Training Magazine Middle East March 2015 - Page 12

Nearly Half Of Young People Don’t Believe They Are Being Taught The Skills For The Future


New figures find nearly fifty percent (48%) of young people believe they are not being taught the skills employers will be looking for in entry level candidates in the future. The latest research from LifeSkills created with Barclays used the findings of the Future Work Skills 2020 report, which identified the skills employers would look for in entry level recruits over the next decade. The LifeSkills Barometer – a biannual survey conducted by LifeSkills created with Barclays – then asked 2,000 young people and their parents to select the skills they believed would be most important to businesses in the next ten years, and if they were being taught them.

The young people surveyed and their parents were united in their belief that the top three skills required by employers in the next decade will be: ‘IT skills’ (47%), ‘problem solving and spotting mistakes’ (43% and 46% respectively), and ‘working with people from different generations and backgrounds’ (43% and 50% respectively).

In contrast, the skills businesses say will be most important in entry level candidates in ten-years time will be:

• Ability to reason and prioritise

• Ability to work effectively in large teams

• Ability to solve problems and spot mistakes

• Ability to work with people of different

generations and backgrounds

• Ability to understand complex data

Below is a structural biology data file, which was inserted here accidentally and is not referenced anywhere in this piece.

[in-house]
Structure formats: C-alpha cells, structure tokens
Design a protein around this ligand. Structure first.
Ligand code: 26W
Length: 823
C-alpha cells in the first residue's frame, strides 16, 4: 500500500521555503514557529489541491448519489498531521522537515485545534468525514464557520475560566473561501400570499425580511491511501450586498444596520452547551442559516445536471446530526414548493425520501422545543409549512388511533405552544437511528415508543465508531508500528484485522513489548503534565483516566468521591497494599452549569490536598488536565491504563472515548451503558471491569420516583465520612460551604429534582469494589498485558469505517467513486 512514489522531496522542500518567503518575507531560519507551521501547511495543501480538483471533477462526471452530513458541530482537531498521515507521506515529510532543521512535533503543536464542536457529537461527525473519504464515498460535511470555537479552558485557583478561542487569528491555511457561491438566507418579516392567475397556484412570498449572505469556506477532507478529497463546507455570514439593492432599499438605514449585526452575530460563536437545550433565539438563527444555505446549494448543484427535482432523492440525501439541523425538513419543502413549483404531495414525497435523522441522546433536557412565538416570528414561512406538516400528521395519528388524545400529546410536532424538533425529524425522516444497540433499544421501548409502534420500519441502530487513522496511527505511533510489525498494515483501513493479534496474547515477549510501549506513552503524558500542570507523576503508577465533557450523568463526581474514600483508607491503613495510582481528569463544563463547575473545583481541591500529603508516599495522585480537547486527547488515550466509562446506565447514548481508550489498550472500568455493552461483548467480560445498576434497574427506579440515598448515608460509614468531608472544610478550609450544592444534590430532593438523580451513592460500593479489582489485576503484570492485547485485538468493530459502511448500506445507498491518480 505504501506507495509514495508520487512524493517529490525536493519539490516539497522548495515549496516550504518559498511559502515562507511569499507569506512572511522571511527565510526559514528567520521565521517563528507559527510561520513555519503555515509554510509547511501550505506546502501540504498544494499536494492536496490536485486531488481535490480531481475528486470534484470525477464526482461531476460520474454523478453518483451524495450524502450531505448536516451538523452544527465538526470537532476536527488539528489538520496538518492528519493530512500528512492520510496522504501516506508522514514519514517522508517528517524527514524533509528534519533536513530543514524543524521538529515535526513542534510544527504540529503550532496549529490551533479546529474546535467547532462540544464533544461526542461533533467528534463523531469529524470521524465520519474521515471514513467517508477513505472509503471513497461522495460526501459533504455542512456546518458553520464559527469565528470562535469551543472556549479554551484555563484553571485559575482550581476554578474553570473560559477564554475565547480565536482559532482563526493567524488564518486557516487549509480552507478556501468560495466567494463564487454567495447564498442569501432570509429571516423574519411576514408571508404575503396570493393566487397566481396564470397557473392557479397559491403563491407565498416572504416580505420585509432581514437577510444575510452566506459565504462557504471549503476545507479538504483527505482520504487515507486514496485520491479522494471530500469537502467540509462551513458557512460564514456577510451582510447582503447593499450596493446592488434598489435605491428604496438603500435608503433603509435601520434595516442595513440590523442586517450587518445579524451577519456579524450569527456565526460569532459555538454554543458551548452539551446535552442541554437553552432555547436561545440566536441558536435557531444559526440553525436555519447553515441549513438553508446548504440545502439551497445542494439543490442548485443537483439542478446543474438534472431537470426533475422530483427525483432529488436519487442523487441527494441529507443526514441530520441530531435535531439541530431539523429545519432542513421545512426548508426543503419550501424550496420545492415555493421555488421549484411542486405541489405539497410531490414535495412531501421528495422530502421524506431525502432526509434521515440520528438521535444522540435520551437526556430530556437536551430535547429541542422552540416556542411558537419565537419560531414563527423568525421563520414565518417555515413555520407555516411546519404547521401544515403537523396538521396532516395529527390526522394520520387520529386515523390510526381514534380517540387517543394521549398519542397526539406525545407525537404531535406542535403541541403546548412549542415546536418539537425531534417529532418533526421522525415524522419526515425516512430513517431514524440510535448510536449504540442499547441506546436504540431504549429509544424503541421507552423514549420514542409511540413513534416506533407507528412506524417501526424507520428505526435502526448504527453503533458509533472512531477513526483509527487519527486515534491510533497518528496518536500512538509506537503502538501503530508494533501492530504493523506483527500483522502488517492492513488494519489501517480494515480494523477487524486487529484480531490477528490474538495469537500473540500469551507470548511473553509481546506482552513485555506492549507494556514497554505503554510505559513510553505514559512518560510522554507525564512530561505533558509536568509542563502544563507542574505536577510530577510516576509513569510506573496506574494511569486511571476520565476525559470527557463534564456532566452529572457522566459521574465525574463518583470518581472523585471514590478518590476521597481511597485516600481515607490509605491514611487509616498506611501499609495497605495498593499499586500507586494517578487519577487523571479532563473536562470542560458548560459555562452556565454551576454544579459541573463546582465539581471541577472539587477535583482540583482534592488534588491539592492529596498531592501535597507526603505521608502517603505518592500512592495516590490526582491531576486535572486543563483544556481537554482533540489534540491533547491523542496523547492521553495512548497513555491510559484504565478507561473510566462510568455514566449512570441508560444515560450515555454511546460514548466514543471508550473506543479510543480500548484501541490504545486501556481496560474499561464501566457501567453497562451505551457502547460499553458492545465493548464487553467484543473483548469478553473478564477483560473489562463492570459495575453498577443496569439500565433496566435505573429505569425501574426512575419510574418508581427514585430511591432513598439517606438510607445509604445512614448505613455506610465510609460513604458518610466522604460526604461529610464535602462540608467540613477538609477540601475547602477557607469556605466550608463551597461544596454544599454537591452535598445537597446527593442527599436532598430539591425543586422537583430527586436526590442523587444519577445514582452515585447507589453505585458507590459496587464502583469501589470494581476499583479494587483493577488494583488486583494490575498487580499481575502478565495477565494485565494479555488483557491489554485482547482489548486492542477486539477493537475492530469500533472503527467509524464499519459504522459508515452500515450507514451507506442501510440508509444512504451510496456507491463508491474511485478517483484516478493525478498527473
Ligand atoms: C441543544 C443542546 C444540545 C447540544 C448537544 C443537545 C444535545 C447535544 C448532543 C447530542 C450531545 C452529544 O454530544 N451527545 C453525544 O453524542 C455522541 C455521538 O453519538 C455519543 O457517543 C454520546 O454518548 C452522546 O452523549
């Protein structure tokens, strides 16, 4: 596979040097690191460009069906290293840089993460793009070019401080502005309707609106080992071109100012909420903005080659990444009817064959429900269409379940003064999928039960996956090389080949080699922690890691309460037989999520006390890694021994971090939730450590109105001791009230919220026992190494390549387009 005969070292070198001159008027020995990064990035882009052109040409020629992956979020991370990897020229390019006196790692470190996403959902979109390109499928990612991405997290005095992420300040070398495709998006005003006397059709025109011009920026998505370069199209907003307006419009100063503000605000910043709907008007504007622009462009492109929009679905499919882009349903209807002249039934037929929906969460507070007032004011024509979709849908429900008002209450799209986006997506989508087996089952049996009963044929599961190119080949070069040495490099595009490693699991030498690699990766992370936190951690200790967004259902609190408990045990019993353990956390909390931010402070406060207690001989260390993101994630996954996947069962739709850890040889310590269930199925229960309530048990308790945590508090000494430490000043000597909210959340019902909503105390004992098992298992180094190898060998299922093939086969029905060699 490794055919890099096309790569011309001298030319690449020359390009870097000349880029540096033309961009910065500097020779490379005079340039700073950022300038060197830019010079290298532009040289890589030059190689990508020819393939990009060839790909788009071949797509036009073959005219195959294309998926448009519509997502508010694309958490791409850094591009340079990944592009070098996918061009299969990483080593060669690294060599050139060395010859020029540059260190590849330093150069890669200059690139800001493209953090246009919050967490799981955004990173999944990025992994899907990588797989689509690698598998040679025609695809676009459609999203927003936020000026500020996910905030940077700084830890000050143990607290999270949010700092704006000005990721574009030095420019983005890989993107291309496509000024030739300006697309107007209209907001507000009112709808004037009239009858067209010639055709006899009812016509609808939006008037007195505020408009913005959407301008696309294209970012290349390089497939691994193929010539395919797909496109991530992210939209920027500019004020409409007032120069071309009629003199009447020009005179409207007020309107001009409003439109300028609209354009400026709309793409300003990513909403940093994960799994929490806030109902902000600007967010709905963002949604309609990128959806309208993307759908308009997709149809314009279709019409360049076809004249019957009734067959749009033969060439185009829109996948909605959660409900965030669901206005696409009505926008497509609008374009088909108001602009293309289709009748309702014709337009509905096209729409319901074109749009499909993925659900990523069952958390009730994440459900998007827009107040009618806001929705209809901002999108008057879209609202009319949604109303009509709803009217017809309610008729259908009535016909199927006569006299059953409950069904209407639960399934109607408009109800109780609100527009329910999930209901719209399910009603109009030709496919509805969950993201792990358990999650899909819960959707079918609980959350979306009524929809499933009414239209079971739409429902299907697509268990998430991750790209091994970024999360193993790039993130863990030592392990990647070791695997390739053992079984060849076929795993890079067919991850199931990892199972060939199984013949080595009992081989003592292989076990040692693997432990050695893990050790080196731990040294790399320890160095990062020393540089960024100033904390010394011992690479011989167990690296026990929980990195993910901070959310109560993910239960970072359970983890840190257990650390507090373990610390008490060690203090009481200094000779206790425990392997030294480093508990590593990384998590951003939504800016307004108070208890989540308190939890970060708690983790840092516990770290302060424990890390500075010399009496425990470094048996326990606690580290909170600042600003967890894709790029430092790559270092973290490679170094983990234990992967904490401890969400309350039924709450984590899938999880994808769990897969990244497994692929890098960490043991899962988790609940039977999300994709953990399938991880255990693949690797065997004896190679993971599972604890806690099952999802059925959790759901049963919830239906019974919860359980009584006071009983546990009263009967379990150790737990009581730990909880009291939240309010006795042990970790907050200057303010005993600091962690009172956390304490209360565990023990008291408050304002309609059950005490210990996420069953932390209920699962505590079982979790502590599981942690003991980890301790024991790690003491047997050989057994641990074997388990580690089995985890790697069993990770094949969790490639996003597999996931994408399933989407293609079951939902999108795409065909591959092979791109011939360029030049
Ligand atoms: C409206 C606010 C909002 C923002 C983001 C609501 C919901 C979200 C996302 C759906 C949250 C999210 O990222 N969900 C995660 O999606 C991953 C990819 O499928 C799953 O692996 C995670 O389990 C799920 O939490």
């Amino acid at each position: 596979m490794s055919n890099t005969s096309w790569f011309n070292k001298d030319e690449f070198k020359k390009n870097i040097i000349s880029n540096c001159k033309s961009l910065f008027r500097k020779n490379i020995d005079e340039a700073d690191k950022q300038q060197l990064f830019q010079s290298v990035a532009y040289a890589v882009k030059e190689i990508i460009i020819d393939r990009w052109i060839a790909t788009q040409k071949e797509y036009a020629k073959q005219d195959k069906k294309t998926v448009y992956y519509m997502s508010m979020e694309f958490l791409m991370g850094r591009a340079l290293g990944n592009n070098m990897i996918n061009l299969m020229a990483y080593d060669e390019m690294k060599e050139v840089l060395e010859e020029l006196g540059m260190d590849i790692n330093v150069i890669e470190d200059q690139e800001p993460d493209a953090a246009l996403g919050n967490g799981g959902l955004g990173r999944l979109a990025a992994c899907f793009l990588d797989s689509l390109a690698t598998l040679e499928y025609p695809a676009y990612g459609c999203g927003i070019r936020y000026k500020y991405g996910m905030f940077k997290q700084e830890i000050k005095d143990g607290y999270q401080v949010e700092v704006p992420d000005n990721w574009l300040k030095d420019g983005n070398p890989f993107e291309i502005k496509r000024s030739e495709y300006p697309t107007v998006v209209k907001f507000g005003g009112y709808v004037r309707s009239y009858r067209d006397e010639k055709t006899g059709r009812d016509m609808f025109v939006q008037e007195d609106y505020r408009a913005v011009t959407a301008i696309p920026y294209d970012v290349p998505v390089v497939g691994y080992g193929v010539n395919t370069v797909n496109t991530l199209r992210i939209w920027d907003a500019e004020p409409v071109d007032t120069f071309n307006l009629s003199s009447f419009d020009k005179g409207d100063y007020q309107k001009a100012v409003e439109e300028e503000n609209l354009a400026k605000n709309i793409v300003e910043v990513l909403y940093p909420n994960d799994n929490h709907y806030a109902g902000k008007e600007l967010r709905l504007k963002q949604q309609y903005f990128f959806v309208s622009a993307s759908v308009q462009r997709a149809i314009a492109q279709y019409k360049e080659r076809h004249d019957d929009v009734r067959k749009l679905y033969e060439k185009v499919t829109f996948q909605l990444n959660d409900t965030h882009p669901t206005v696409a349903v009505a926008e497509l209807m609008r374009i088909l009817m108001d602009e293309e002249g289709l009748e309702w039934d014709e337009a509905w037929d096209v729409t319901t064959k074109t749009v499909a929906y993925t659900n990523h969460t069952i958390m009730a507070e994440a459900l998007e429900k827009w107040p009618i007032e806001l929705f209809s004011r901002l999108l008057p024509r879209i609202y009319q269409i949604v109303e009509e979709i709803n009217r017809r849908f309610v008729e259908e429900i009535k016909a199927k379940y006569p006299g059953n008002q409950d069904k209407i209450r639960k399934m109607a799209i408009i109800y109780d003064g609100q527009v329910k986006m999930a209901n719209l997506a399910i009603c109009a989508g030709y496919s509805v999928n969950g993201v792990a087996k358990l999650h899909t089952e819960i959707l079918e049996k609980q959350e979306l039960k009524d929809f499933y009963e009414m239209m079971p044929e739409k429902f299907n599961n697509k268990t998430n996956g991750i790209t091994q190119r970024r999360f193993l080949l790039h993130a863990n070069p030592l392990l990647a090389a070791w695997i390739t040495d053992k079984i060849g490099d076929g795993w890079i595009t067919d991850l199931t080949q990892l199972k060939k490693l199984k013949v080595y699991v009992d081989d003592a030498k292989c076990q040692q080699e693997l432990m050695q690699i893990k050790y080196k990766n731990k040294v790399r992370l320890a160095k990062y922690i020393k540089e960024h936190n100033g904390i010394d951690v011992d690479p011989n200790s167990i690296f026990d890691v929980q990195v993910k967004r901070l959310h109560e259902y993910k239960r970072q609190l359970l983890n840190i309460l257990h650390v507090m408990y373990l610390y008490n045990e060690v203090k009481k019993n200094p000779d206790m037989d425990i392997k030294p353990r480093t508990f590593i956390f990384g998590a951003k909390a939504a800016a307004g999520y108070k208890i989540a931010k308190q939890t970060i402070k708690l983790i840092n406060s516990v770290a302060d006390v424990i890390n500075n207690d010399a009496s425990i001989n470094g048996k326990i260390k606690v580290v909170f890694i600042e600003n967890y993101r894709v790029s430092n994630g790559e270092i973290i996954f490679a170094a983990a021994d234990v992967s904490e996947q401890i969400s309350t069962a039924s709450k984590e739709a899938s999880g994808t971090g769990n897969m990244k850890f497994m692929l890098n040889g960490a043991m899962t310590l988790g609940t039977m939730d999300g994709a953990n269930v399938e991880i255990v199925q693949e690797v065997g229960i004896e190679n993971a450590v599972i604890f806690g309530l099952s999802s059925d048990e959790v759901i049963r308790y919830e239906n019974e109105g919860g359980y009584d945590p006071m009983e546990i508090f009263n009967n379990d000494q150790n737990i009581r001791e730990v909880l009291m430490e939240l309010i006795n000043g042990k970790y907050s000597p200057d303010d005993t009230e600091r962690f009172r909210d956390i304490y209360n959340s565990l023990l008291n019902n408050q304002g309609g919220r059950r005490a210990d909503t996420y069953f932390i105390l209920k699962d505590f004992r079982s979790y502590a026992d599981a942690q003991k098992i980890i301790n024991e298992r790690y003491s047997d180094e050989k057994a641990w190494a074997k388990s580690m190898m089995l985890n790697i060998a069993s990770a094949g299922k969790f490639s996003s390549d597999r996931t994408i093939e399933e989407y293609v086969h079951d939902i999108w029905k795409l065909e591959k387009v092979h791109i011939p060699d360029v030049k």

According to the LifeSkills Barometer, the majority of young people did not recognise how important these skills would be to businesses in the future. Two thirds of young people (66%) didn’t know that prioritising workloads, having skills in a broad range of subjects (66%) or working in large teams (65%) would be required by employers in the next decade.

DHL Express Certified as a Top Employer 2015 In North America and Latin America

DHL Express has been certified as a Top Employer in North America and Latin America 2015. At the global level, the company garnered Global Top Employer award, a distinction that recognizes the company’s commitment to support and develop its employees worldwide.

In the Americas region, six countries received the certification: the United States, Barbados, Brazil, Curacao, Jamaica and Mexico.

The annual international research undertaken by the Top Employers Institute recognizes leading employers around the world based on several areas: providing excellent employee conditions, nurturing and developing talent throughout all levels of the organization, and striving to continuously optimize employment practices.

DHL Express also received Top Employer certifications in other regions of the world, including Europe, Africa, Asia-Pacific and the Middle East. Overall, 32 countries were granted certifications.

DHL programs the Top Employers Institute considered upon assessing the company included talent strategies, leadership development, workforce planning and performance management.

“To be recognized as a Top Employer is an outstanding honor that acknowledges DHL’s complete dedication to its employees,” said Stephen Fenwick, CEO, DHL Express Americas. “Our company is fully vested in maximizing the potential talent of our employees. We believe that by motivating people, by providing them with the tools and support to fully develop their skills, we are nurturing an exceptional workforce. It is our people who make the difference in our company.”